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Utilities and Services

The continued expansion of our area of Cleethorpes meant that services had to be increased and as the majority of people living in Cleethorpes in the 1920/30s were in our area, it seemed reasonable that the majority of the utilities should be built here also.

In the case of electricity for example, the customer base increased from 32 in 1913 to 973 in 1929.

Electricity showroom building

Electricity showroom building

After the Council gained the power to lay mains cables and build sub-stations in 1928, the customer base increased rapidly to 6007 by 1937.

Consequently in that very year was built the new art deco electricity showrooms at the bottom of Issac’s Hill. At the time of writing this is now a fancy dress outfitter’s establishment (2014). This beautiful building was designed by Leonard Pye who was the Borough Architect at the time. Many of the original features remain.

In the case of gas, the Cleethorpe Gas Company started to supply gas as early as 1864.

Gas supply also grew due to demand and eventually a large new gas holder was built in our area near the railway line. However at the beginning of the Second World War, there was a lot of fear that it would be a target for enemy aircraft and they did attempt to drop bombs on it. Thankfully the bombs missed but they landed very close on the beach near Wonderland.

The gas holder eventually became redundant and was demolished in 1967.

Gas Works at the bottom of   Tennyson Road

Gas Holder at the bottom of Tennyson Road

The old Library is an important landmark situated on Issacs Hill. Built in 1901 it was originally also a girl’s school but nowadays is a residential home.  The library itself was moved to the seafront (Alexandra Road) in 1984.

As regards water, previously obtained from wells, it was decided by the local Board of Health to request the Grimsby Waterworks Company to assist and water mains started to be laid in 1883. Eventually a water tower was built in Pelham Road by this company in 1908.  It housed a large ornate pump in the engine room at the foot of the tower. At night, the engines were shut down, the head of the water in the tower providing the town with its water supply. This sequence of operations would be repeated each day. The tower held 250000 gallons and was originally erected merely as a reserve for use during any possible shortage of water. The water tower still stands today (2014), although is non-operational as it became saline.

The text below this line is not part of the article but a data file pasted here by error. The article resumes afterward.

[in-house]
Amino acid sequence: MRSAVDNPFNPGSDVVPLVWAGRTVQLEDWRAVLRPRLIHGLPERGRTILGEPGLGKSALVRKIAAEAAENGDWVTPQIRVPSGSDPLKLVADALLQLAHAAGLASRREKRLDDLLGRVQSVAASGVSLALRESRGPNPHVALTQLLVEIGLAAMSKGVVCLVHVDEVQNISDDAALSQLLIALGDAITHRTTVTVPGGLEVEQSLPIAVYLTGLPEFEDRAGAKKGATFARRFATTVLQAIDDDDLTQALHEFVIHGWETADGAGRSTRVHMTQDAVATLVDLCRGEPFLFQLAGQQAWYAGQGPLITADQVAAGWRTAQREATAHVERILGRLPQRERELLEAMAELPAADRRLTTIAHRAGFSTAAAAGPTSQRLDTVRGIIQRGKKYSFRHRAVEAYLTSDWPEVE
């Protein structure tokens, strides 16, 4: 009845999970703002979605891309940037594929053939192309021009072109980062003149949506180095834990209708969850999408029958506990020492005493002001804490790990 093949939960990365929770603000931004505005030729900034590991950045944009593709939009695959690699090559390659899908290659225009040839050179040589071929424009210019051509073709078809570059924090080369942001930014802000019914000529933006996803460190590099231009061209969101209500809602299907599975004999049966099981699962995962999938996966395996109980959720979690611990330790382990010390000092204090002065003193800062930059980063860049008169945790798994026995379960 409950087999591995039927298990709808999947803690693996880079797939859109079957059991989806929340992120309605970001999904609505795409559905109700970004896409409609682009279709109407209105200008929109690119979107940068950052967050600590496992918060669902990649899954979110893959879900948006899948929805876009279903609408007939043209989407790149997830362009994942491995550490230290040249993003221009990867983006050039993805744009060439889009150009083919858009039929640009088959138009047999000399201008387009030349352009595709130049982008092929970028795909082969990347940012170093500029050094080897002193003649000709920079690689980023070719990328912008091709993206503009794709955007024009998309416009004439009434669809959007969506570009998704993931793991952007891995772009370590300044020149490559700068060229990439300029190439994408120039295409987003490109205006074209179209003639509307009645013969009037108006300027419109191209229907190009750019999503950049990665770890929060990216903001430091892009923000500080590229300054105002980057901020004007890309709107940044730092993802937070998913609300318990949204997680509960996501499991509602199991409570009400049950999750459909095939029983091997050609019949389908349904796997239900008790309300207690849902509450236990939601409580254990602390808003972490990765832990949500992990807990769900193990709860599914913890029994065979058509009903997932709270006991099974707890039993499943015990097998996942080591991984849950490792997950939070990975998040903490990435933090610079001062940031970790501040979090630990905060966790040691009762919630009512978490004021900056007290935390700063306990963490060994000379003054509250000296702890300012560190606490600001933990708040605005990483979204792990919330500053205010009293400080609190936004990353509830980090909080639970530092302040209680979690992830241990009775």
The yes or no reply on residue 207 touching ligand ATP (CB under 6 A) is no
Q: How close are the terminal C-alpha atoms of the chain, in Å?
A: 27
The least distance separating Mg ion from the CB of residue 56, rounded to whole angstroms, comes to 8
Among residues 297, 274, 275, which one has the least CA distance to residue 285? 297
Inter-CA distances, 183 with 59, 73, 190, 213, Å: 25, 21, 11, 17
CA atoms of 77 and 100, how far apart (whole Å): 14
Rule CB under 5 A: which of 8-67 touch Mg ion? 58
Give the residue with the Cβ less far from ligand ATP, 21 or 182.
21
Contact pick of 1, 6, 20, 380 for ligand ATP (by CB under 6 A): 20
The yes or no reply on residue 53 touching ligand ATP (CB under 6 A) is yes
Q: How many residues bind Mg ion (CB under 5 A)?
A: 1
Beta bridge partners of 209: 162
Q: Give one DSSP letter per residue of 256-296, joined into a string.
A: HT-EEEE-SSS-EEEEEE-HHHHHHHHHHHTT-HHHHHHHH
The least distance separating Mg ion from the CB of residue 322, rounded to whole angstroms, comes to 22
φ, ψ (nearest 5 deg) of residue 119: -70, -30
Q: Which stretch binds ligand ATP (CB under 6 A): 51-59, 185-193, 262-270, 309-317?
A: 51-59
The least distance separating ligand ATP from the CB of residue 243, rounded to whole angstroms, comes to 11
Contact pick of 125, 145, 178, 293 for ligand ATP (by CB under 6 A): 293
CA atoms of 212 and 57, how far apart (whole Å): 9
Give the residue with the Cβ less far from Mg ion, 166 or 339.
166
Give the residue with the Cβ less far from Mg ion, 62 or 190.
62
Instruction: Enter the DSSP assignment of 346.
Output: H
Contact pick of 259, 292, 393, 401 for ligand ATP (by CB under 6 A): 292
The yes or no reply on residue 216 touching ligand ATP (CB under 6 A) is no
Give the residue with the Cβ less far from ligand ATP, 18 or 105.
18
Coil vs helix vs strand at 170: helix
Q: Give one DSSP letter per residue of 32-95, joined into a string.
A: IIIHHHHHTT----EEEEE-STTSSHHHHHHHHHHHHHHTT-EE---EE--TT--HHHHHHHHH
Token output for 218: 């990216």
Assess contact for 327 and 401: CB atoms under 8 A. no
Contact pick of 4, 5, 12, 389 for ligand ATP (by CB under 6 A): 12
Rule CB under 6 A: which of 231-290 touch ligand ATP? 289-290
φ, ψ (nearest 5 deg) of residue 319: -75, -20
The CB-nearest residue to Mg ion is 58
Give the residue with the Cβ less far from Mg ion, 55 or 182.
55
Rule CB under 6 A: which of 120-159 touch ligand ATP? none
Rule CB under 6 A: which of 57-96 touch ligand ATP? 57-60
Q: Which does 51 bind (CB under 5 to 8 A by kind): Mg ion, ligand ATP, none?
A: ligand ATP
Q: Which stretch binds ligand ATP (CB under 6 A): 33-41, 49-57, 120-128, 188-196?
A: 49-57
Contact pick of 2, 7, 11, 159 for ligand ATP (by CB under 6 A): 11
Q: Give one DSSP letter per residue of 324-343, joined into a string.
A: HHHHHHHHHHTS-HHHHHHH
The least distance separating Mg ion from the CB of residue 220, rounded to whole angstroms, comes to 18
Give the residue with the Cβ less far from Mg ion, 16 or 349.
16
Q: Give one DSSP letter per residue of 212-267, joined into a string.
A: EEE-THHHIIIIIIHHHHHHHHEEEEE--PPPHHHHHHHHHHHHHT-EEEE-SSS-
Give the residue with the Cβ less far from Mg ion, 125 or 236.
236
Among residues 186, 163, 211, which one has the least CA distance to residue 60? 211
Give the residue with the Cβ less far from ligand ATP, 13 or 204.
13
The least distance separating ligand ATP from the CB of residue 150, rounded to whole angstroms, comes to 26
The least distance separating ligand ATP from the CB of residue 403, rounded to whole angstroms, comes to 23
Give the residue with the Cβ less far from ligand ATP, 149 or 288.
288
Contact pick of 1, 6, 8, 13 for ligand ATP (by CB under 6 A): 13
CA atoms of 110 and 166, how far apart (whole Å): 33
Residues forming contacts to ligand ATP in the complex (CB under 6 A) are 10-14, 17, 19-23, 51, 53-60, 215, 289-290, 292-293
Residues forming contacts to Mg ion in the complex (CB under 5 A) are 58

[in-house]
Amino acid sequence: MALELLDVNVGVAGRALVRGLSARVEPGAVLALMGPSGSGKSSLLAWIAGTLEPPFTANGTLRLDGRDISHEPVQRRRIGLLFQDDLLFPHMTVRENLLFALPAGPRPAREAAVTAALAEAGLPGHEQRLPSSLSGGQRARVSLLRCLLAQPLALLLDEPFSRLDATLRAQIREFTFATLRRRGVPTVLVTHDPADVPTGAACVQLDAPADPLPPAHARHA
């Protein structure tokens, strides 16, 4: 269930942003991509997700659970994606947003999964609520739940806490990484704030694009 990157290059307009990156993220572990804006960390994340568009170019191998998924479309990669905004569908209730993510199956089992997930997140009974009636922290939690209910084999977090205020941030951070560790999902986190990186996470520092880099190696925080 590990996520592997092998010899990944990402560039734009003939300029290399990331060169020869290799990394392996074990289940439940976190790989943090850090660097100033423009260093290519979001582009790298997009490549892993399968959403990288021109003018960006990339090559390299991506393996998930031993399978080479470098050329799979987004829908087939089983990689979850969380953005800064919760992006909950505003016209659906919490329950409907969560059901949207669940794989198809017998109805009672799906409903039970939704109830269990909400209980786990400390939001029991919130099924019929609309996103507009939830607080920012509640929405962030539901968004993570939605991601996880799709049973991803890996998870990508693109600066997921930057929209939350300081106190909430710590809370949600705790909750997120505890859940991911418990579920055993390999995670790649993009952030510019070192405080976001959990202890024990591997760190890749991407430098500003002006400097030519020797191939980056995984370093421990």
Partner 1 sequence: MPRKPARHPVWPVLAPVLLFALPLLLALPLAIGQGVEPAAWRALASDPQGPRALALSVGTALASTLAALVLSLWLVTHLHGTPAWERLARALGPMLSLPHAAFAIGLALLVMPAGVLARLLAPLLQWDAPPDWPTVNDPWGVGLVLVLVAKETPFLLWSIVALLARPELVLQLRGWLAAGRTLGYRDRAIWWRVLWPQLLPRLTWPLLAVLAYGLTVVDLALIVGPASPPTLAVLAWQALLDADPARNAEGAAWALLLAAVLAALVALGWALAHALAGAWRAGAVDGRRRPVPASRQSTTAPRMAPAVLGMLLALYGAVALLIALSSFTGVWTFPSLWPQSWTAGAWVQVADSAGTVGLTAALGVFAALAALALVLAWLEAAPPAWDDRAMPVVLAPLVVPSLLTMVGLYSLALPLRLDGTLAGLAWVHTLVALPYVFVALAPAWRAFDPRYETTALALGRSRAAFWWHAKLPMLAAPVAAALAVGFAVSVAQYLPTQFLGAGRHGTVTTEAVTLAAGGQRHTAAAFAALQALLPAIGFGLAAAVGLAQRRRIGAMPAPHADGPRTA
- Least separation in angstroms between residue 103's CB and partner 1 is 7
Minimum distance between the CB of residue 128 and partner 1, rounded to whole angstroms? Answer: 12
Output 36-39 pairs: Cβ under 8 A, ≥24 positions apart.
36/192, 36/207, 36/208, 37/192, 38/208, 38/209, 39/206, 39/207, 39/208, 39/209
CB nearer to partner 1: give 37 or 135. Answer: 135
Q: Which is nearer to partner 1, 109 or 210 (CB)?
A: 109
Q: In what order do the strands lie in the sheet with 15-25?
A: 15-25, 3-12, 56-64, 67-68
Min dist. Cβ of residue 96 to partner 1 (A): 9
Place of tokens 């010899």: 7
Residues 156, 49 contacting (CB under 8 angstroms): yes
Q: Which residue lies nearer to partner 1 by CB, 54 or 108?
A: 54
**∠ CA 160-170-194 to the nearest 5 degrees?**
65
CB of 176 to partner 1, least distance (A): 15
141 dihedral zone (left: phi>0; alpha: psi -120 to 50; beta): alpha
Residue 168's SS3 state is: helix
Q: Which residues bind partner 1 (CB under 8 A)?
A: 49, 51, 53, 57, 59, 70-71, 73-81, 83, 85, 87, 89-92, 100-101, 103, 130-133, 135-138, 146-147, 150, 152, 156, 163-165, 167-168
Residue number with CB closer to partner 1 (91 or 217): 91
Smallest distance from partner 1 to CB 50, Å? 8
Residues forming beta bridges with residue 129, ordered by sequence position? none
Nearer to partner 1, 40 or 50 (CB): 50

Beaconthorpe Water Tower

Beaconthorpe Water Tower built in 1908

Telephone communication came to our area in 1900 but initially there were only a few subscribers.

Cleethorpes Fire station was established in 1939 and extended in 1968. It is crewed by ‘on –call’ firefighters.

The Cleethorpes Police Station was first established in 1878. It was manned by four constables and a sergeant. By 1900 there was an inspector, a sergeant and 10 constables.

In the 1800s drainage was also a main problem. The main drains for the entire area ran under Grimsby Road and eventually to an outflow at Grimsby docks. As the town grew this proved to be far from satisfactory and consequently a new system was built in 1871, which discharged into Humberstone Beck.

Various other works were completed but the drainage was never really satisfactory, particularly during heavy rainfall.  Consequently huge works were undertaken in 1992-5 by Anglian Water which improved matters considerably. These improvements were rapidly followed by necessary changes to the resorts bathing water arrangements.

The biggest change in services came with the amalgamation of Cleethorpes, Grimsby, Immingham and surrounding area into North East Lincolnshire in 1996.

Undoubtedly our area and Cleethorpes in general had, for many years, viewed Grimsby as a competitor. Some would argue that this was a good thing, as it encouraged a spirit to become better. It helped our area to stand on its own and develop from the three original tiny ‘thorpes’ to become a pleasant, desirable town in which to live.

However once Grimsby expanded and New Cleethorpes was built to accommodate the workers the port area demanded, this began the connection of the two towns. Nowadays, of course, newcomers cannot easily see where one town ends and the other town starts.

Consequently others would equally argue, that though in recent years the tourism and entertainment business has been further developed, as far as Sidney Sussex is concerned, work opportunities have increased through being more easily available in the wider area of North East Lincolnshire as a whole.